European online contact lens supplier Vision Direct has revealed a data breach which compromised full credit card details for a number of its customers, as well as personal information.
Compromised data includes full name, billing address, email address, password, telephone number and payment card information, including card number, expiry date and CVV. IT security experts commented below.
Craig Young, Security Researcher at Tripwire:
In addition to getting new credit cards, anyone who logged into Vision Direct during this time needs to quickly assess whether this password is unique to Vision Direct. A common attacker technique is to reuse email/username and password combinations on other valuable services. Attackers may use this additional access to create a more comprehensive dossier on a victim which can then either be resold for more money or directly used for identity theft.
Brooks Wallace, Head of EMEA at Trusted Knight:
“Another large merchant’s website is targeted by hackers for customer payment information, using an attack technique that seems all too familiar in 2018. Capturing customer details as they input them onto the website is also how the British Airways and Ticketmaster hackers operated.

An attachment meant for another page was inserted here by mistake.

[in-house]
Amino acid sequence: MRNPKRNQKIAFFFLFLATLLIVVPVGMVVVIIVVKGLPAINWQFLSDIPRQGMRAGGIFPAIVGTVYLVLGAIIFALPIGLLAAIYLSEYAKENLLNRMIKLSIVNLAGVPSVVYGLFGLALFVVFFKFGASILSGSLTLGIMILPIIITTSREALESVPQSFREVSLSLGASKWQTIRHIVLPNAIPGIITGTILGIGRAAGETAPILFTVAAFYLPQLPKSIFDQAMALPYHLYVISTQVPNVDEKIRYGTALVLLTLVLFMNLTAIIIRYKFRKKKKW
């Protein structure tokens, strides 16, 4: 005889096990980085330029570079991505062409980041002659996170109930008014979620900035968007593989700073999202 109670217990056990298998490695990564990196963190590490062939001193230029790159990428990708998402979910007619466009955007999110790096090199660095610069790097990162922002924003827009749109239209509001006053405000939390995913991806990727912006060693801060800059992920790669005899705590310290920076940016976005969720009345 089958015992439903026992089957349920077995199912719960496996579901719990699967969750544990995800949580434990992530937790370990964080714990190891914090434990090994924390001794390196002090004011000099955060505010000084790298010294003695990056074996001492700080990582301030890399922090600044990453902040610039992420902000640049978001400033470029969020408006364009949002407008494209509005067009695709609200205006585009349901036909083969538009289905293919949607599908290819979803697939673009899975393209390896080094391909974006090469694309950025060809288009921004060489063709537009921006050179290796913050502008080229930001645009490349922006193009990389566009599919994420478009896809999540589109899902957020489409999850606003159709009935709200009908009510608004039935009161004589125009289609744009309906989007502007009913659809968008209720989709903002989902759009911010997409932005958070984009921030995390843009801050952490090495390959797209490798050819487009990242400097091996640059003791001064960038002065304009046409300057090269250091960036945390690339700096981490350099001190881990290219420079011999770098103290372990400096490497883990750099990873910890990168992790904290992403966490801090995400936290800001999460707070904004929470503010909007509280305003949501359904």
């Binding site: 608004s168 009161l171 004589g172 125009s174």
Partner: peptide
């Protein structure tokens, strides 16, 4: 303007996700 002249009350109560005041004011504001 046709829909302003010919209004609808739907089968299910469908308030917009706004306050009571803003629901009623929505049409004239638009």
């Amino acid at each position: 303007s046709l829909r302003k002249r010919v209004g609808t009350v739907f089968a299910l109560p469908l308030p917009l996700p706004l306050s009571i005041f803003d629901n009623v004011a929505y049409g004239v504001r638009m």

“Vision Direct may seem like an unlikely target. However, the retailer claims to be Europe’s biggest online seller of contact lenses and eye care products, suggesting that it was evidently in the crosshairs for the high volume of customers going through the site. The data they managed to take from Vision Direct is the jackpot for the criminals. Payment card numbers, expiry dates and CVV codes are the holy trinity of details needed to make purchases using customer cards. Obtaining the CVV code is especially bad, as this is usually the key in verifying that you are the real card holder.
“If you entered your details on the Vision Direct website between the affected time window (3rd-8th November) you should cancel your card right away. While it may still be sitting in your wallet, effectively your card has been stolen, and you need to take the same recourse you would if it had been pickpocketed.”